The Colorado pass defense, however, hasn't been so good. They currently sit 70th in the nation in pass efficiency defense, and most of the good quarterbacks that they have faced this season have torn them to shreds. At best, it's a very porous unit that just isn't very good. Making things worse, the Buffs really cannot rush the passer either, as they sit 94th in the nation in sacks, only getting one sack, per average, on roughly every twenty-five throws.

Of course, the problem with that is -- regardless of how bad the Colorado pass defense may be -- whether or not John Parker Wilson and the Alabama passing attack can actually take advantage of it. Though he played great against Tennessee, 2007 has been a terrible year for Wilson, and he has struggled greatly against defensive backfields much worse than this one. Just because Colorado has struggled greatly to defend the pass does not mean that we will be able to throw the football effectively.

All in all, sigh, though we should be able to move the ball effectively against Colorado and score a good number of points, there is a very good chance that we will again crash and burn offensively amidst our own incompetence.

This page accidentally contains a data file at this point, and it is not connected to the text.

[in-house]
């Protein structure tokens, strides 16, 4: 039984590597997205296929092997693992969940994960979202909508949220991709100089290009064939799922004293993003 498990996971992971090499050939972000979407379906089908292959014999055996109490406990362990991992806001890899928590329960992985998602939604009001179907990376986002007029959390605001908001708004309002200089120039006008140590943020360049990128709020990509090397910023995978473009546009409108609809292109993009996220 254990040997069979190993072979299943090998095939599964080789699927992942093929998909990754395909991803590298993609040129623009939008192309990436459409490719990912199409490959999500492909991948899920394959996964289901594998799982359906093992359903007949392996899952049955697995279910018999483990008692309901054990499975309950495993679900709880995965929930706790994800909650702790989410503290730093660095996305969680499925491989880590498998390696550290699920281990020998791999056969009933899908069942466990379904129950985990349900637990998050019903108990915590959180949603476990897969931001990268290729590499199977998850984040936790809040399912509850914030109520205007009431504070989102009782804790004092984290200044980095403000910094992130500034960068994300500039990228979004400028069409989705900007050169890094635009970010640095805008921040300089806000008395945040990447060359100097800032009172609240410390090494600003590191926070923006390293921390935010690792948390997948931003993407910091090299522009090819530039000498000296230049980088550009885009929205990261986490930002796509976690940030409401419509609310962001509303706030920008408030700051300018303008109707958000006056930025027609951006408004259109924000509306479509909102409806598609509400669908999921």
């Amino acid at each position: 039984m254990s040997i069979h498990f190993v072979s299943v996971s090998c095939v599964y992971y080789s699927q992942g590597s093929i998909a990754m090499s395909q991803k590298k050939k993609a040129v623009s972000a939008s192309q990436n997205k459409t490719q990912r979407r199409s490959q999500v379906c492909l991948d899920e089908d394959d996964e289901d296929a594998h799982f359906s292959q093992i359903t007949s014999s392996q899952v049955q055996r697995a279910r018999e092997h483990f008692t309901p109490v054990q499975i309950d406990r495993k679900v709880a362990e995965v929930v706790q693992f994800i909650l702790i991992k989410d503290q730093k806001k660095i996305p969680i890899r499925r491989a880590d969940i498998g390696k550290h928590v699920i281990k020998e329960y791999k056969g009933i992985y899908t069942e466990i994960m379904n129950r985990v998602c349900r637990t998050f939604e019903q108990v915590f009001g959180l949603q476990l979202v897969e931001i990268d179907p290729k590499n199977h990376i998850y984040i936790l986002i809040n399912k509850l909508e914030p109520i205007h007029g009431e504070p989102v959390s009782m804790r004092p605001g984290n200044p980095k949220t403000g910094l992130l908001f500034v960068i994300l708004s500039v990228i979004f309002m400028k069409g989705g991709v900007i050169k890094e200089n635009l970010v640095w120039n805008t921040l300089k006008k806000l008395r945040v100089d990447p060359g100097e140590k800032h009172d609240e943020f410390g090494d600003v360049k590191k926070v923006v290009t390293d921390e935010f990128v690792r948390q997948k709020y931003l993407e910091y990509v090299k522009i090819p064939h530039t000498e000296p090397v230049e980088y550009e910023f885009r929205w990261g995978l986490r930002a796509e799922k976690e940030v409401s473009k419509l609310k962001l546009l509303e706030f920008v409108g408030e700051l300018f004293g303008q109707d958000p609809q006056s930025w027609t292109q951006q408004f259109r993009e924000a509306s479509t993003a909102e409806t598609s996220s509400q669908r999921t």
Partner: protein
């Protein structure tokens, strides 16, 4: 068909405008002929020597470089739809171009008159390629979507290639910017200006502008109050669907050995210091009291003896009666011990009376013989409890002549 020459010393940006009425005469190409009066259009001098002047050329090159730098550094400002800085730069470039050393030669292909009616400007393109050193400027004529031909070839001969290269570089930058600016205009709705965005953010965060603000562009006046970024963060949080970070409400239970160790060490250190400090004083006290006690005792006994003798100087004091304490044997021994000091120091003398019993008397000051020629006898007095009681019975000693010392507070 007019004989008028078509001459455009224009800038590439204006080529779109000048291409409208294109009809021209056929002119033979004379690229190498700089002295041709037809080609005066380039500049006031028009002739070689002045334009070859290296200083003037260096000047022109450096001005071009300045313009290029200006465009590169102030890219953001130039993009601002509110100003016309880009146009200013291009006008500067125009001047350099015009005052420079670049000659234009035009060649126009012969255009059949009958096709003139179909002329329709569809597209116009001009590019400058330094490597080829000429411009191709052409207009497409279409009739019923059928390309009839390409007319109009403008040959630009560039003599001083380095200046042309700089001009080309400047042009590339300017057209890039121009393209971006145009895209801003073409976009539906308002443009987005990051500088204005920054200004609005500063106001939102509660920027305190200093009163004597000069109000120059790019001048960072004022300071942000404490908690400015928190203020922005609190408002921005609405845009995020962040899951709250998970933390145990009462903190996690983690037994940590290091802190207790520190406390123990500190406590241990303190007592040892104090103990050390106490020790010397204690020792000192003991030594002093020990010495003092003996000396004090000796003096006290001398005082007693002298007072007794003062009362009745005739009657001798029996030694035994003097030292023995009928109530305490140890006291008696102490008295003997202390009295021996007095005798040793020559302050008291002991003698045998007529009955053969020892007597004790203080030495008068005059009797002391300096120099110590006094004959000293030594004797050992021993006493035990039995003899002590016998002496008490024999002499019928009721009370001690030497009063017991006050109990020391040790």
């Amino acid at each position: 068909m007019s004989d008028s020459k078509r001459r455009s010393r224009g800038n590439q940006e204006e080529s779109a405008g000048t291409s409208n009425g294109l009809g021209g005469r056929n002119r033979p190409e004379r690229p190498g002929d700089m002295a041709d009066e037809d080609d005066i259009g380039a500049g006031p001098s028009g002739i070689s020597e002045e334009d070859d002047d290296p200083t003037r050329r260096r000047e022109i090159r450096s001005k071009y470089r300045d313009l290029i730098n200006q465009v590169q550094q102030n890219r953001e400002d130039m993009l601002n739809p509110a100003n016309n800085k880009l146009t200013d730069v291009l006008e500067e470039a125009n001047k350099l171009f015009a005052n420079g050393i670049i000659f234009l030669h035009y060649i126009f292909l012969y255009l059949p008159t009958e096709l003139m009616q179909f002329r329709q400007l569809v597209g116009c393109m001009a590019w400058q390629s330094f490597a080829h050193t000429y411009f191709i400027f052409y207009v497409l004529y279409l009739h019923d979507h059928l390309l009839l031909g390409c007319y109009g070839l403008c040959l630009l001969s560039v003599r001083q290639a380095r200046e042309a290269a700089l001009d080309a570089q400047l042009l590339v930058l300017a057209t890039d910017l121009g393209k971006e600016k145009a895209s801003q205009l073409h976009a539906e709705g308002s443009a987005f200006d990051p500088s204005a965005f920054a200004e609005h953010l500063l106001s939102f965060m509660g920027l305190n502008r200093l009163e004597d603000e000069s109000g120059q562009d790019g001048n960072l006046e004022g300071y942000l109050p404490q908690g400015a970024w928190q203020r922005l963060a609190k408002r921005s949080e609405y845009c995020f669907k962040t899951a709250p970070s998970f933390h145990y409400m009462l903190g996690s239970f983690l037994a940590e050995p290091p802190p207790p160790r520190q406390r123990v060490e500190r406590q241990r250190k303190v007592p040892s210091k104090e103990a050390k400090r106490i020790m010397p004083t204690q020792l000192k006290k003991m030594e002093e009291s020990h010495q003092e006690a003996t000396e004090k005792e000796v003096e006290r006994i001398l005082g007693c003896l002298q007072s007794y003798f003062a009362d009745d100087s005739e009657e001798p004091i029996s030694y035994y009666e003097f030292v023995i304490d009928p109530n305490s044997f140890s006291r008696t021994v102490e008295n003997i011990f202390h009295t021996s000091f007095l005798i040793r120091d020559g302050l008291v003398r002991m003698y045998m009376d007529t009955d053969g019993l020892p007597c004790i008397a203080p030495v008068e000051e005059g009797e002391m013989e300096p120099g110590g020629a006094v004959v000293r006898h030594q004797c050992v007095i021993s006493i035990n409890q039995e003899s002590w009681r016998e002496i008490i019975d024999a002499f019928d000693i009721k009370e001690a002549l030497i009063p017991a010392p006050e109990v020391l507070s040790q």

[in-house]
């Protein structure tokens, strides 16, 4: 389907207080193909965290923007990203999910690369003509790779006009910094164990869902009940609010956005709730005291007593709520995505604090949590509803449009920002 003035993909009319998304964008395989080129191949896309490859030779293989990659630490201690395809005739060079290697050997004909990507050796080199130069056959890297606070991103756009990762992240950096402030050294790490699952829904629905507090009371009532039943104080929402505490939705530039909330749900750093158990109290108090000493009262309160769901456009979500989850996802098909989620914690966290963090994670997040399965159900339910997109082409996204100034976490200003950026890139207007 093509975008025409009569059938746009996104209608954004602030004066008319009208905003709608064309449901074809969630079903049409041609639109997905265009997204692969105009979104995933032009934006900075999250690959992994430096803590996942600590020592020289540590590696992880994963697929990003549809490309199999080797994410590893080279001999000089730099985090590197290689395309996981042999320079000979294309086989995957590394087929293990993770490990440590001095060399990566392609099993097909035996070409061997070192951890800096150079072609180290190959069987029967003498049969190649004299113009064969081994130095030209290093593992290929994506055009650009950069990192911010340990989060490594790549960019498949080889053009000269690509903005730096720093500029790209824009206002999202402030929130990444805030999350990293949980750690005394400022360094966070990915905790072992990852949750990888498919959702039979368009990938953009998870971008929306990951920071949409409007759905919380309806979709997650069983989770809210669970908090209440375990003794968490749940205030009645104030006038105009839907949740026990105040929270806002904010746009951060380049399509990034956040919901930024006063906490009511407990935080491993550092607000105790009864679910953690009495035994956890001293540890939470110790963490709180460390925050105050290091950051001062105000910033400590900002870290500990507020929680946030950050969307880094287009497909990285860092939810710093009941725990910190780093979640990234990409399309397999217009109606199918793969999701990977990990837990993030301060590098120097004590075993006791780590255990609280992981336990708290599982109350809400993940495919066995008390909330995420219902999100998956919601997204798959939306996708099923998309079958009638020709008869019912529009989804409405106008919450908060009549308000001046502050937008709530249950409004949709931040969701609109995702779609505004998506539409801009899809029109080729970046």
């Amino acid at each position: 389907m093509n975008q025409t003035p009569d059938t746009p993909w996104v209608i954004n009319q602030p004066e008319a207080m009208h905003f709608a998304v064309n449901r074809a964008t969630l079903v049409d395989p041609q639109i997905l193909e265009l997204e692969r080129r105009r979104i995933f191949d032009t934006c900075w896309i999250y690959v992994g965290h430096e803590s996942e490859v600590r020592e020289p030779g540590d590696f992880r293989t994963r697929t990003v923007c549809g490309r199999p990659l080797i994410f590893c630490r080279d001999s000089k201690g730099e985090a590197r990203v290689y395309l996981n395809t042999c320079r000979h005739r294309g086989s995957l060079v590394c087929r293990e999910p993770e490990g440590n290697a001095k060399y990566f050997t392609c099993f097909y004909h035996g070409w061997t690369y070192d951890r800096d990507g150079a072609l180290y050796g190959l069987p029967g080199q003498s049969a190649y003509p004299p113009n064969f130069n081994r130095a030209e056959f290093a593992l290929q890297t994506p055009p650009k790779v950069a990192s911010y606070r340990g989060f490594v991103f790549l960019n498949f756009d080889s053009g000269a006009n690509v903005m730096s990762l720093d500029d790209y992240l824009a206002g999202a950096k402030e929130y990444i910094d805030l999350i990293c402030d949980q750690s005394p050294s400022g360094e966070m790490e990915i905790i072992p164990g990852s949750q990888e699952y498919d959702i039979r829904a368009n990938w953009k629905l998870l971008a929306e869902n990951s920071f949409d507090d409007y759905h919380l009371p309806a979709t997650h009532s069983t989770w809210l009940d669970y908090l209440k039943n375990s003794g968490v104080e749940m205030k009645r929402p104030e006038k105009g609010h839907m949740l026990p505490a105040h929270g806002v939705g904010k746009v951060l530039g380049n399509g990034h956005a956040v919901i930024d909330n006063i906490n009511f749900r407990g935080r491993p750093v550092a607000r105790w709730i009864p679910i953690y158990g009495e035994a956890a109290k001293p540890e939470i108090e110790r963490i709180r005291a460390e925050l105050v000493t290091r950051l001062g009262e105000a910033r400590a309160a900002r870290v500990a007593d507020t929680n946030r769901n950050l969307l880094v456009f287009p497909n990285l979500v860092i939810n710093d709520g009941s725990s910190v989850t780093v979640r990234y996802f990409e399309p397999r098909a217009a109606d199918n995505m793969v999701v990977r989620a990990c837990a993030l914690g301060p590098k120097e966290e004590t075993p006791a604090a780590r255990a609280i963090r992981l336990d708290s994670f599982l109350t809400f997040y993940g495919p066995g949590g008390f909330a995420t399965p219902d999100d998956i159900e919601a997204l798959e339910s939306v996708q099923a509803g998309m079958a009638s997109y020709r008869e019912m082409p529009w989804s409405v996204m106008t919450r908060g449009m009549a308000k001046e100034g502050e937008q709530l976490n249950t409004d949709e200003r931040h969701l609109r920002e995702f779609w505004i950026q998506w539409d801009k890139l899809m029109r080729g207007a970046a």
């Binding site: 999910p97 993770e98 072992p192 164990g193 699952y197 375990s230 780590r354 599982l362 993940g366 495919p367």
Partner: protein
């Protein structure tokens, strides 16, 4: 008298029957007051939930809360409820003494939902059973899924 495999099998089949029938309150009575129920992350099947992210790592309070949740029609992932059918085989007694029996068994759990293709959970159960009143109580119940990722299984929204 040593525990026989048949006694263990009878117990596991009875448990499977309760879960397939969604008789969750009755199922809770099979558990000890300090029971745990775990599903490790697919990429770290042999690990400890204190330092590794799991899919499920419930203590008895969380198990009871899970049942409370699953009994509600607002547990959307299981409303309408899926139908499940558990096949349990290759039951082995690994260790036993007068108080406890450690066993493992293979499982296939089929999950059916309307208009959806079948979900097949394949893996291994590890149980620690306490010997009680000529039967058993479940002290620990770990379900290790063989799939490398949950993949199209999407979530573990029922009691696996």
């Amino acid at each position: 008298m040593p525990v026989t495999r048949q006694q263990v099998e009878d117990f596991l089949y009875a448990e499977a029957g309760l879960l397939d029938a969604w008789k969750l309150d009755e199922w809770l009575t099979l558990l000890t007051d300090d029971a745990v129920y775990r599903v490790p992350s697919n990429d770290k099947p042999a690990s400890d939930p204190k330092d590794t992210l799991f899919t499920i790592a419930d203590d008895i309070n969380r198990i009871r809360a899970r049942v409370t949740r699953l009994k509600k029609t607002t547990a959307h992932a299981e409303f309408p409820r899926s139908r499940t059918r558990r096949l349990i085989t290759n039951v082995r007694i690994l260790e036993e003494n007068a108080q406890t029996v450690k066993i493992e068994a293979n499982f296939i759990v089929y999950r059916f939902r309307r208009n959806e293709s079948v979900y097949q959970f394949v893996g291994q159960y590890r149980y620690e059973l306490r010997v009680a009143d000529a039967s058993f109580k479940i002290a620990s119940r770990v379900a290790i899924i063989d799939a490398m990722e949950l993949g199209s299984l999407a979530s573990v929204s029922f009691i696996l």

Putting It All Together

When you put it all together, these two teams are very similar, about as you would expect from two 6-6 squads. In reality, neither team is particularly good, and the outcome of the game won't change that underlying fact either way.

At the end of the day, the game will likely come down to two things: (1) turnovers, and (2) how well the Alabama offense can fare against the Colorado defense. The Buffs have struggled greatly to protect the football, and have given up a ton of turnovers. Alabama, unfortunately, has had very much the same story, particularly from the quarterback position. Secondly, neither the Colorado defense nor the Alabama offense is particularly competent, yet they are facing each other so one must come out on top.

Given that neither team expects to make any very big special teams plays -- given the fact that Javier Arenas will likely play but is less than 100 per cent with a high ankle sprain -- and that the Alabama defense should fare well against the Colorado offense, it will be decided by who wins the turnover battle and the match-up of the 'Bama offense v. the Colorado defense. If one team wins both, it will be a fairly comfortable victory for that particular team, and if they split the categories, it's likely to be a very close game. Either way, those two variables are almost certainly going to determine the outcome of the game.

Hope for the best.